Multisensory Integration of Natural Odors and Sounds in the Auditory Cortex

Motherhood is associated with different forms of physiological alterations including transient hormonal changes and brain plasticity. The underlying impact of these changes on the emergence of maternal behaviors and sensory processing within the mother’s brain are largely unknown. By using in vivo cell-attached recordings in the primary auditory cortex of female mice, we discovered that exposure to pups’ body odor reshapes neuronal responses to pure tones and natural auditory stimuli. This olfactory-auditory interaction appeared naturally in lactating mothers shortly after parturition and was long lasting. Naive virgins that had experience with the pups also showed an appearance of olfactory-auditory integration in A1, suggesting that multisensory integration may be experience dependent. Neurons from lactating mothers were more sensitive to sounds as compared to those from experienced mice, independent of the odor effects. These uni- and multisensory cortical changes may facilitate the detection and discrimination of pup distress calls and strengthen the bond between mothers and their neonates.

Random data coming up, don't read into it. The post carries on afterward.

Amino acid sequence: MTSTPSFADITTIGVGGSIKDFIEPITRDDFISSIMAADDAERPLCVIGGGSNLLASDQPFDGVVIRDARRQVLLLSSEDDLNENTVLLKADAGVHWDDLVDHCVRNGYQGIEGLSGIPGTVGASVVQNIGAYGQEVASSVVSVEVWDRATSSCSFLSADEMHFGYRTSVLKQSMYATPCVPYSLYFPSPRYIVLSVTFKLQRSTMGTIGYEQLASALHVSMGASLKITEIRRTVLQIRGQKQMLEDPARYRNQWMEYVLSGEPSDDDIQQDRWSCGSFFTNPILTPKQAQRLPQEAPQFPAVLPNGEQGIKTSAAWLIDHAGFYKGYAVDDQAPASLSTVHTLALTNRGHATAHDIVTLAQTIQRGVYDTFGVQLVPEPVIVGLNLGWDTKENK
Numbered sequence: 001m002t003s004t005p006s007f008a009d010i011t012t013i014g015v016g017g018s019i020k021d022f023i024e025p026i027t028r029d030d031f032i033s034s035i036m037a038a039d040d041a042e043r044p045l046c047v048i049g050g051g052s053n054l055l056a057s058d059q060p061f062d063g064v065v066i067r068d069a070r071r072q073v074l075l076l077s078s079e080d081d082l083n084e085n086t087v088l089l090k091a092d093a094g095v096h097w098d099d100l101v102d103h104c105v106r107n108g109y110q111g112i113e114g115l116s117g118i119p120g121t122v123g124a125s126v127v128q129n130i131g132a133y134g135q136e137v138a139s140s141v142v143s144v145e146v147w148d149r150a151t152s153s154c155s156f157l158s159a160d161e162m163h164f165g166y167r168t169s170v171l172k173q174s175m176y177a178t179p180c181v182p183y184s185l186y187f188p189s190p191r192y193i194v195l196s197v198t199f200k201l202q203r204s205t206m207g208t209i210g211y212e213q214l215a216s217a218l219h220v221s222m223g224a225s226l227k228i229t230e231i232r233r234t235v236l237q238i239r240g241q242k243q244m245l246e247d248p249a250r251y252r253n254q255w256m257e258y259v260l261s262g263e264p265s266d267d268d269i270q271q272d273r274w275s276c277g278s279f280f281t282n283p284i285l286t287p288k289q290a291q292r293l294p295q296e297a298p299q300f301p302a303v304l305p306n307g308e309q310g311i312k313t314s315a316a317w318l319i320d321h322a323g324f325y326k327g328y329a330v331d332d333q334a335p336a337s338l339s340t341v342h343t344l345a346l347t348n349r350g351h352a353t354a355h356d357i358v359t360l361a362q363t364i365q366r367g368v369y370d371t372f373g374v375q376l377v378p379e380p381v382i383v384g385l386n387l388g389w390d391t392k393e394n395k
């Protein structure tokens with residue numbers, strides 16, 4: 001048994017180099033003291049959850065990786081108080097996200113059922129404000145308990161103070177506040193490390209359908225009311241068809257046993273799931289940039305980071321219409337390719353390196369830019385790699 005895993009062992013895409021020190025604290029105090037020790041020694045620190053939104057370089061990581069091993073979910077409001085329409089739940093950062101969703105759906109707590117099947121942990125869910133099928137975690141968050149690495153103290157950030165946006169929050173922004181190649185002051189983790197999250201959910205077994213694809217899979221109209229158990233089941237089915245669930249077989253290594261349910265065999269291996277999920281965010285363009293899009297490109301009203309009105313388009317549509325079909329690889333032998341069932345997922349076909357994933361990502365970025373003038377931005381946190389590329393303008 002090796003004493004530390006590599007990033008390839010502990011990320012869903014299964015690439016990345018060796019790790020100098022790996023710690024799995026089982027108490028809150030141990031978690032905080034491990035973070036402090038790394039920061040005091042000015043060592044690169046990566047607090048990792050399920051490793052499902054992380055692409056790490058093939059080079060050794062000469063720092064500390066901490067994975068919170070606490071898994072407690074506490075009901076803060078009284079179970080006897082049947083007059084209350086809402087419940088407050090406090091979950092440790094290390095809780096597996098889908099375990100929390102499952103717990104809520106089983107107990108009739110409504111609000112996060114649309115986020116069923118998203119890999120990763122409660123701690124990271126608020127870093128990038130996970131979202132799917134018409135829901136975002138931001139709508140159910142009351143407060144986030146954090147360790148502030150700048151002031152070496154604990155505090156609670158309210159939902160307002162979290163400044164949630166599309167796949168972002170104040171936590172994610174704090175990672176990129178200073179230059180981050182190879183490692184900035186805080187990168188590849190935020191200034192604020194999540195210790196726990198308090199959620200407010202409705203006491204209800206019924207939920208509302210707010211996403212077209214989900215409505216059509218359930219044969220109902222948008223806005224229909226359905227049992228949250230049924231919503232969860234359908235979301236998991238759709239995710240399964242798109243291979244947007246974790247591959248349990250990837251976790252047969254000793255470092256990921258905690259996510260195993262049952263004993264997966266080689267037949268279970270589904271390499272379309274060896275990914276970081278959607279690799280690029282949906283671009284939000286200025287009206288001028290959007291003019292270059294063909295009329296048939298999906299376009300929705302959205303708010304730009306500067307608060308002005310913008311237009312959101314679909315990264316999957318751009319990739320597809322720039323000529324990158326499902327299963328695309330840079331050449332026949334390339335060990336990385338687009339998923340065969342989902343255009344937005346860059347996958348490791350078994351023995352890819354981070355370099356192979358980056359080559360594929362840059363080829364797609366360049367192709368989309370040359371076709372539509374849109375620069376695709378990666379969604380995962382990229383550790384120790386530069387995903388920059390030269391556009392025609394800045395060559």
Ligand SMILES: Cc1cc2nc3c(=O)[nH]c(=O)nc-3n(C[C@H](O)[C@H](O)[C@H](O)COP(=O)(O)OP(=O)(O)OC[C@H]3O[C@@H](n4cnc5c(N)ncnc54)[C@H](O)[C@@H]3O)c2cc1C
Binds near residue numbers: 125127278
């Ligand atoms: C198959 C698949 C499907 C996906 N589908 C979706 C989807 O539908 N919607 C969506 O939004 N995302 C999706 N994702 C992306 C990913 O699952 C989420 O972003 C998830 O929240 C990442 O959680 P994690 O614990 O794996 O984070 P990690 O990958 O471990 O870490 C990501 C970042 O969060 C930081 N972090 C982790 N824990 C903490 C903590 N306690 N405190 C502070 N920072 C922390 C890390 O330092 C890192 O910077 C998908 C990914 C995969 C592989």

Authors: Cohen, L, Rothschild G, Mizrahi A.
Year of publication: 2011
Journal: Neuron, Volume 72, Issue 2, Pages 357-369

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